Whether you’re a man or woman, I think both sexes can learn a little from the characteristics of each gender. Even though these can be interchangeable, those known to be “male” in nature can be a huge plus for any freelancer.

For example, women are great at giving clients a personalized approach and focusing on details, while men are adept at staying competitive and less emotionally involved. Which is better for your business? Neither. You can take away something from both sides.

Instead of being defensive and arguing the age-old sexism battle, try to take something positive away from what this article has to offer and apply it to your career. Chances are you’ll find plenty of characteristics you’ll want to emulate as you rise to freelance success.

· Get competitive. It’s true: Anyone can be competitive. But this is a predominantly male trait—and a good one to have in order to get ahead as a freelancer. You don’t have to be aggressive to be competitive, either. Maintaining your edge includes having the right marketing materials that tie into your overall branding that represent what you have to offer as a freelancer. It means putting yourself out there how others in your industry are. It could be via networking or by keeping your prices competitive. Survey others in your geographical area and keep up on industry trends.

· Don’t get emotionally involved. Not all women wear their hearts on their sleeves, but this predominantly female characteristic should be avoided in most cases. While it’s great to give a personal touch to business relationships, you should avoid yelling, being rude or crying with clients at all costs. Stay professional—even if you get angry or upset. Men can sometimes be better at hiding explosive emotions, and that’s one thing that can be a plus for any freelancer. If a rude client really ruffles your feathers, take a break and vent your frustrations outside of the workplace.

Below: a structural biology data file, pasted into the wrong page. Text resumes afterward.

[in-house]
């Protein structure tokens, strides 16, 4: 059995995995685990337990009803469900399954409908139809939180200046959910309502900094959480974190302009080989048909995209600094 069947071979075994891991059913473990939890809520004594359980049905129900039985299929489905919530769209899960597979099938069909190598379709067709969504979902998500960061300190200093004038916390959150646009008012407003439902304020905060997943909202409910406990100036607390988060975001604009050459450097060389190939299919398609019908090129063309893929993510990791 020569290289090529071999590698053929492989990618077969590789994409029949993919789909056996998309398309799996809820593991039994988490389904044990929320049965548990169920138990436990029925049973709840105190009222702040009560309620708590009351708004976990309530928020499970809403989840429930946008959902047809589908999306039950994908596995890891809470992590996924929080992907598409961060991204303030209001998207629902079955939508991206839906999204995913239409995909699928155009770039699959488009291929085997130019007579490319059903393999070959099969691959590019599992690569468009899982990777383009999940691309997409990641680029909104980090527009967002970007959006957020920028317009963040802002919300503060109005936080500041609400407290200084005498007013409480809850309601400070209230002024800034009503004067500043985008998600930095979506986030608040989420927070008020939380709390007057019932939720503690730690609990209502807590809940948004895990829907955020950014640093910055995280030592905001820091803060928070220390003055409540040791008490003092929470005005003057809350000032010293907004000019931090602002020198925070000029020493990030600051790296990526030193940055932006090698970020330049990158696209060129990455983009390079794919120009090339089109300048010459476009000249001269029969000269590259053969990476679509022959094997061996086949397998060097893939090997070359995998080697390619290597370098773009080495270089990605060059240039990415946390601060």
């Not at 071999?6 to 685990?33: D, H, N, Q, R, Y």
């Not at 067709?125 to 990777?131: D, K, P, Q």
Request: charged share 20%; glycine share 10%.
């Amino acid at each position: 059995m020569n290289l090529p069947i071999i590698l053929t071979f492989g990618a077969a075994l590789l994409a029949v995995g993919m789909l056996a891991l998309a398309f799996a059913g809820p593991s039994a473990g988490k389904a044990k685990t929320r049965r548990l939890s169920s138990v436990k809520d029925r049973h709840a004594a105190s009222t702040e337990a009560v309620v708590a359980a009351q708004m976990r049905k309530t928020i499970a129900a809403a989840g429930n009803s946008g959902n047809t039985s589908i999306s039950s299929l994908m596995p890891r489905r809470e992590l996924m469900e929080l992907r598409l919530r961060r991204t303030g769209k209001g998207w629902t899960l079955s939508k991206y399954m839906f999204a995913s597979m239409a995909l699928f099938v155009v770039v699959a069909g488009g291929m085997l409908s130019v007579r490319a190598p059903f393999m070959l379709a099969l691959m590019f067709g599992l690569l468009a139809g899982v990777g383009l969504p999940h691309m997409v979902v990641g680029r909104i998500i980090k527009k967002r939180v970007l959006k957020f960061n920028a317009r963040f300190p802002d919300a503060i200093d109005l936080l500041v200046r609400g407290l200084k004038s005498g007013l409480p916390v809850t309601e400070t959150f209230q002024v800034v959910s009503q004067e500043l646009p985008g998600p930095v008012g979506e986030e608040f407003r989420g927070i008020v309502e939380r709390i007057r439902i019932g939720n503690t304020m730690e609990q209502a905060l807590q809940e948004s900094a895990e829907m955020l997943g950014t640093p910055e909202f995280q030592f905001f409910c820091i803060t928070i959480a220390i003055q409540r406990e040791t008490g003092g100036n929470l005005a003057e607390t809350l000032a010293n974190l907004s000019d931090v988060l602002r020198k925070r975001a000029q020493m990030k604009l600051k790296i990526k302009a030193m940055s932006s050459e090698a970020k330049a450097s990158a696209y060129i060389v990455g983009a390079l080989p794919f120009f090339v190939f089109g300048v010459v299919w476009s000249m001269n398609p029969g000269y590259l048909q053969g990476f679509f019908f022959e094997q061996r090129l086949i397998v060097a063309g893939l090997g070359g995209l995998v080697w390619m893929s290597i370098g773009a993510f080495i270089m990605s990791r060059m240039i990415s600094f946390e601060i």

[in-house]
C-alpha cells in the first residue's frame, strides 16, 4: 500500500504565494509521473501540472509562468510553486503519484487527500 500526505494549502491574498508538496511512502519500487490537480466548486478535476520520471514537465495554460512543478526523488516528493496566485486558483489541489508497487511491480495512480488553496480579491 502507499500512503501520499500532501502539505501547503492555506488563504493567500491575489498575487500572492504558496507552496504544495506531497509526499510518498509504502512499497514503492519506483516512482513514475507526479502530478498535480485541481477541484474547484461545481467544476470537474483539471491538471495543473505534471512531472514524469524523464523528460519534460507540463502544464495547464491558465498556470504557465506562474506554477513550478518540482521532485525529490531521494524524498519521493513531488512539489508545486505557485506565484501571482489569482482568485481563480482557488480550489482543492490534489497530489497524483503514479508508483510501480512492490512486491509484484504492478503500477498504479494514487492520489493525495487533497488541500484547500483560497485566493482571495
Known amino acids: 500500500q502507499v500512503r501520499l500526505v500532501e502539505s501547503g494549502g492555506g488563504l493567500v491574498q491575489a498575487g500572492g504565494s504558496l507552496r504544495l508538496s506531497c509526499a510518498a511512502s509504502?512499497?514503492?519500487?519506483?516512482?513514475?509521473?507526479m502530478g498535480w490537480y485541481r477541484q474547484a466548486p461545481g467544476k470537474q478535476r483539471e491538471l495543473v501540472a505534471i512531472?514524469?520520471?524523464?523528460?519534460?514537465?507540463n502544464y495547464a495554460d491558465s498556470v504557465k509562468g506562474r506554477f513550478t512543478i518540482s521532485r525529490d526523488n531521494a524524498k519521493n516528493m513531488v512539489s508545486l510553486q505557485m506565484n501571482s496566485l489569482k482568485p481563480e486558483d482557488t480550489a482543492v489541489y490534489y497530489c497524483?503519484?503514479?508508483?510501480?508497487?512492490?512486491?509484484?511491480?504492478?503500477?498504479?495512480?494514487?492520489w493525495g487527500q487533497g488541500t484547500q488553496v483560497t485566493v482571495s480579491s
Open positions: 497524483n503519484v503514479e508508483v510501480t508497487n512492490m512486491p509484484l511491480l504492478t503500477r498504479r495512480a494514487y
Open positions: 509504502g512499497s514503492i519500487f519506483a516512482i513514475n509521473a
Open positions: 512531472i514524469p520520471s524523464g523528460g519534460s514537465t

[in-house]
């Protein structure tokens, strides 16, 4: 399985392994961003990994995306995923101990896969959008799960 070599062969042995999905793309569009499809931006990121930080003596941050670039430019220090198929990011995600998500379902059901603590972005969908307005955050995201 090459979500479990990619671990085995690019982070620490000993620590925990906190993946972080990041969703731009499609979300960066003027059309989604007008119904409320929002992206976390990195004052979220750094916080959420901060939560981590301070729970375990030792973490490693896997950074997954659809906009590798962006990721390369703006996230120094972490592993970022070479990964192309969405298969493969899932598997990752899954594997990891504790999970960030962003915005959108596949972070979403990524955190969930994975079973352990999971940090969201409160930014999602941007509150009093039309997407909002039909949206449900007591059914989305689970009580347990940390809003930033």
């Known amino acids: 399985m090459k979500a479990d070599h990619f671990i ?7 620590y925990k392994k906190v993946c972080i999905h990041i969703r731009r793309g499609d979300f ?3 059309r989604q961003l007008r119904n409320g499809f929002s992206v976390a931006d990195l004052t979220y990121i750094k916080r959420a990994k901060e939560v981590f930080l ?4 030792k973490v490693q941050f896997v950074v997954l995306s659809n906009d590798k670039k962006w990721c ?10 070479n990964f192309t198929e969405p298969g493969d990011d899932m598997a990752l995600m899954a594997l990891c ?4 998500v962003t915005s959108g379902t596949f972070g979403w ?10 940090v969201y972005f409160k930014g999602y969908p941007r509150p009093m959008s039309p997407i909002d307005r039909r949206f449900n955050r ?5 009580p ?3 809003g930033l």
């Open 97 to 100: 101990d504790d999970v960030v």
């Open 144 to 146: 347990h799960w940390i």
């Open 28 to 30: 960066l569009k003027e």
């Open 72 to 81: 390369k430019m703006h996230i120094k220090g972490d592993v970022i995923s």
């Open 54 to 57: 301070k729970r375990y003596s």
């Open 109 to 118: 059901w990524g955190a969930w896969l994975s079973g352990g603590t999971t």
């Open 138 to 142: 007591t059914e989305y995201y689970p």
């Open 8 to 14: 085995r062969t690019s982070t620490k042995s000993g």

· Say it like it is. Sure, women can be direct. But when it comes to business, I find that men are more likely to be upfront about things and state them bluntly. Sometimes it’s good to have this trait. For example, if a client tries to get you to negotiate your rate and you don’t want to, you can stand strong by stating that your pricing is non-negotiable. Not so great at this? That’s okay—practice makes perfect and you can always rehearse on your own so you’ll be more likely to stand your ground on things.